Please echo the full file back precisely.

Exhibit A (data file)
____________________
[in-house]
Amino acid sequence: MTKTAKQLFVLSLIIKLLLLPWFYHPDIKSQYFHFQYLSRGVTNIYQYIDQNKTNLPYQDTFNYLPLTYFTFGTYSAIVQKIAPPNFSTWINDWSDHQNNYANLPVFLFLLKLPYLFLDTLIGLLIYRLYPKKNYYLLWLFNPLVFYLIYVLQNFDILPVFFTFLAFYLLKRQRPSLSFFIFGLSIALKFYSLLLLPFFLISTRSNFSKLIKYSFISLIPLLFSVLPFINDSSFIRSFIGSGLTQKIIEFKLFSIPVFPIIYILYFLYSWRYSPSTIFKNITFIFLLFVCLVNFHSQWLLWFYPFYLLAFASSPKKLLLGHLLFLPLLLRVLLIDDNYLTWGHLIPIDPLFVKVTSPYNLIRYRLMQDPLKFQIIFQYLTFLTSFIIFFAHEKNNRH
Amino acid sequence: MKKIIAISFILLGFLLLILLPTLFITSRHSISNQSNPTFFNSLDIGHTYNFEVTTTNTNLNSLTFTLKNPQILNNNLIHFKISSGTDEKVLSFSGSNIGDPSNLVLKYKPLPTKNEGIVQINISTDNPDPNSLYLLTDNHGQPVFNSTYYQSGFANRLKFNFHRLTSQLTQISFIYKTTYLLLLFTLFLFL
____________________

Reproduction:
[in-house]
Amino acid sequence: MTKTAKQLFVLSLIIKLLLLPWFYHPDIKSQYFHFQYLSRGVTNIYQYIDQNKTNLPYQDTFNYLPLTYFTFGTYSAIVQKIAPPNFSTWINDWSDHQNNYANLPVFLFLLKLPYLFLDTLIGLLIYRLYPKKNYYLLWLFNPLVFYLIYVLQNFDILPVFFTFLAFYLLKRQRPSLSFFIFGLSIALKFYSLLLLPFFLISTRSNFSKLIKYSFISLIPLLFSVLPFINDSSFIRSFIGSGLTQKIIEFKLFSIPVFPIIYILYFLYSWRYSPSTIFKNITFIFLLFVCLVNFHSQWLLWFYPFYLLAFASSPKKLLLGHLLFLPLLLRVLLIDDNYLTWGHLIPIDPLFVKVTSPYNLIRYRLMQDPLKFQIIFQYLTFLTSFIIFFAHEKNNRH
Amino acid sequence: MKKIIAISFILLGFLLLILLPTLFITSRHSISNQSNPTFFNSLDIGHTYNFEVTTTNTNLNSLTFTLKNPQILNNNLIHFKISSGTDEKVLSFSGSNIGDPSNLVLKYKPLPTKNEGIVQINISTDNPDPNSLYLLTDNHGQPVFNSTYYQSGFANRLKFNFHRLTSQLTQISFIYKTTYLLLLFTLFLFL